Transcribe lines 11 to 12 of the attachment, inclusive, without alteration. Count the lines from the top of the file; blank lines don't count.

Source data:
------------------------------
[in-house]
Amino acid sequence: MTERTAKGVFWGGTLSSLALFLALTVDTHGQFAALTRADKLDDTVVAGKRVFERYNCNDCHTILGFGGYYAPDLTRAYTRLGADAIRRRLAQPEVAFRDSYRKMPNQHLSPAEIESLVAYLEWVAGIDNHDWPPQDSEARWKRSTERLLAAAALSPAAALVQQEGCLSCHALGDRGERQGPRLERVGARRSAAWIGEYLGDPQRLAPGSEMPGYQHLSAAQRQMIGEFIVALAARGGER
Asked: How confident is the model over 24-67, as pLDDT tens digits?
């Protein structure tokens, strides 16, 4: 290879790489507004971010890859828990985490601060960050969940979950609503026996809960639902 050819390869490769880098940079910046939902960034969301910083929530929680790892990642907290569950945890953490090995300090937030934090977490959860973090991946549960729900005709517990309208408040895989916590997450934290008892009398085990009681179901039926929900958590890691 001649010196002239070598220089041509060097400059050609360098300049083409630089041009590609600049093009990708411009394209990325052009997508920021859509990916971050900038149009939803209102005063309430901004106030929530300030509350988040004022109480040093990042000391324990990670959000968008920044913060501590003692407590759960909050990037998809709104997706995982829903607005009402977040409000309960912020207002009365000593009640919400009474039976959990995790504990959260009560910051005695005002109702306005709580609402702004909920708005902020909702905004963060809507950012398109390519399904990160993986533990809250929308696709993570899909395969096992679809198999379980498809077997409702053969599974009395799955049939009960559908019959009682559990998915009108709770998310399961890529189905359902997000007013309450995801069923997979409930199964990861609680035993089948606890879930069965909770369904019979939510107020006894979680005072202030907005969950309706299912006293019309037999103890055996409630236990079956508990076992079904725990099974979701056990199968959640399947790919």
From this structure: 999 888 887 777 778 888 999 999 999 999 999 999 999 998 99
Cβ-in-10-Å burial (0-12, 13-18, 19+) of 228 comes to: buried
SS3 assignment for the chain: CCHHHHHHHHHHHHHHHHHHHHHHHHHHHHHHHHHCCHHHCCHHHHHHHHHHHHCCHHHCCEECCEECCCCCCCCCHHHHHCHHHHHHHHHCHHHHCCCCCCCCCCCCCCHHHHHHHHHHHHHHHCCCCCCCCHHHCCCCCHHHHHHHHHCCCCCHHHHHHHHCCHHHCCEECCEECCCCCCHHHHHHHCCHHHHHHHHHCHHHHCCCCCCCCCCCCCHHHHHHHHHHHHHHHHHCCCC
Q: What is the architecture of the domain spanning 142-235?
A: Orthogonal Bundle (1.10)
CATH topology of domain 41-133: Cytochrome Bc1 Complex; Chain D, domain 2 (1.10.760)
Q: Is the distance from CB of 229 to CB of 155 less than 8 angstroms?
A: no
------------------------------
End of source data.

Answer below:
Q: Is the distance from CB of 229 to CB of 155 less than 8 angstroms?
A: no